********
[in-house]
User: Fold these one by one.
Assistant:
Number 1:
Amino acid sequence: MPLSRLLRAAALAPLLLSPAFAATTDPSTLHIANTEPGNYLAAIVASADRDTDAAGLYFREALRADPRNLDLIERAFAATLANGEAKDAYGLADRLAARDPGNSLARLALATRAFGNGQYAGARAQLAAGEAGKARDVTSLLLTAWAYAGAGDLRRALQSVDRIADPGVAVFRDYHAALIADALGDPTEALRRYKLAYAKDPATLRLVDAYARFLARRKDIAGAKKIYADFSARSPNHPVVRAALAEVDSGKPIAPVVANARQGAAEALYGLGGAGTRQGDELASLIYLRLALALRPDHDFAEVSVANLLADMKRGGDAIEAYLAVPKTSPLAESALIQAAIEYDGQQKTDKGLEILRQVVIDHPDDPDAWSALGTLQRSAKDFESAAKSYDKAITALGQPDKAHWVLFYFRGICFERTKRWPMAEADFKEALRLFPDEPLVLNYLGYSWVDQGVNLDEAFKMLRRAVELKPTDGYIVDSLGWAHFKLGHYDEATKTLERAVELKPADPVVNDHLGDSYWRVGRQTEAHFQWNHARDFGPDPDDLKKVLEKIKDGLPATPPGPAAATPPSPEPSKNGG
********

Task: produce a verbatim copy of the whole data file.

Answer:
[in-house]
User: Fold these one by one.
Assistant:
Number 1:
Amino acid sequence: MPLSRLLRAAALAPLLLSPAFAATTDPSTLHIANTEPGNYLAAIVASADRDTDAAGLYFREALRADPRNLDLIERAFAATLANGEAKDAYGLADRLAARDPGNSLARLALATRAFGNGQYAGARAQLAAGEAGKARDVTSLLLTAWAYAGAGDLRRALQSVDRIADPGVAVFRDYHAALIADALGDPTEALRRYKLAYAKDPATLRLVDAYARFLARRKDIAGAKKIYADFSARSPNHPVVRAALAEVDSGKPIAPVVANARQGAAEALYGLGGAGTRQGDELASLIYLRLALALRPDHDFAEVSVANLLADMKRGGDAIEAYLAVPKTSPLAESALIQAAIEYDGQQKTDKGLEILRQVVIDHPDDPDAWSALGTLQRSAKDFESAAKSYDKAITALGQPDKAHWVLFYFRGICFERTKRWPMAEADFKEALRLFPDEPLVLNYLGYSWVDQGVNLDEAFKMLRRAVELKPTDGYIVDSLGWAHFKLGHYDEATKTLERAVELKPADPVVNDHLGDSYWRVGRQTEAHFQWNHARDFGPDPDDLKKVLEKIKDGLPATPPGPAAATPPSPEPSKNGG